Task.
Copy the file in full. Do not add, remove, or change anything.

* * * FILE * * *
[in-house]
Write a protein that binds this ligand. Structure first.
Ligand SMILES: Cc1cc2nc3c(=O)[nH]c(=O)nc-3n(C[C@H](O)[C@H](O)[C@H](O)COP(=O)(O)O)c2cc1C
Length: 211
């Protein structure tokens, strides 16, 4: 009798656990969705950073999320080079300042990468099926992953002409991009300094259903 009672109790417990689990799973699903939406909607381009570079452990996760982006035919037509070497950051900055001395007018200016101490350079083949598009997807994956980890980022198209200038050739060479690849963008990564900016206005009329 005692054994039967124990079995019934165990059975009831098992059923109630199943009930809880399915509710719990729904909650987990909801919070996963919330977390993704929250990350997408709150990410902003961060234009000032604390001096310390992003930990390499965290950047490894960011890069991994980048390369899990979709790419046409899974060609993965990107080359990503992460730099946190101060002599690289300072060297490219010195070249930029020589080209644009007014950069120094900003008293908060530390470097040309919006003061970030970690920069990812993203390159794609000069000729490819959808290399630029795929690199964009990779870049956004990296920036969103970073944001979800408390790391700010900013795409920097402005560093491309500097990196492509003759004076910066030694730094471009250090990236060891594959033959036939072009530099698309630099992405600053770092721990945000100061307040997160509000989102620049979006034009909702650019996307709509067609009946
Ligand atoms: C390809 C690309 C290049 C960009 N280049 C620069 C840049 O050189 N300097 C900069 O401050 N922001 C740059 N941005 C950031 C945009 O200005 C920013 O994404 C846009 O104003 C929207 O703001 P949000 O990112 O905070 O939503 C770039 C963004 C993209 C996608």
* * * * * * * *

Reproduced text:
[in-house]
Write a protein that binds this ligand. Structure first.
Ligand SMILES: Cc1cc2nc3c(=O)[nH]c(=O)nc-3n(C[C@H](O)[C@H](O)[C@H](O)COP(=O)(O)O)c2cc1C
Length: 211
């Protein structure tokens, strides 16, 4: 009798656990969705950073999320080079300042990468099926992953002409991009300094259903 009672109790417990689990799973699903939406909607381009570079452990996760982006035919037509070497950051900055001395007018200016101490350079083949598009997807994956980890980022198209200038050739060479690849963008990564900016206005009329 005692054994039967124990079995019934165990059975009831098992059923109630199943009930809880399915509710719990729904909650987990909801919070996963919330977390993704929250990350997408709150990410902003961060234009000032604390001096310390992003930990390499965290950047490894960011890069991994980048390369899990979709790419046409899974060609993965990107080359990503992460730099946190101060002599690289300072060297490219010195070249930029020589080209644009007014950069120094900003008293908060530390470097040309919006003061970030970690920069990812993203390159794609000069000729490819959808290399630029795929690199964009990779870049956004990296920036969103970073944001979800408390790391700010900013795409920097402005560093491309500097990196492509003759004076910066030694730094471009250090990236060891594959033959036939072009530099698309630099992405600053770092721990945000100061307040997160509000989102620049979006034009909702650019996307709509067609009946
Ligand atoms: C390809 C690309 C290049 C960009 N280049 C620069 C840049 O050189 N300097 C900069 O401050 N922001 C740059 N941005 C950031 C945009 O200005 C920013 O994404 C846009 O104003 C929207 O703001 P949000 O990112 O905070 O939503 C770039 C963004 C993209 C996608």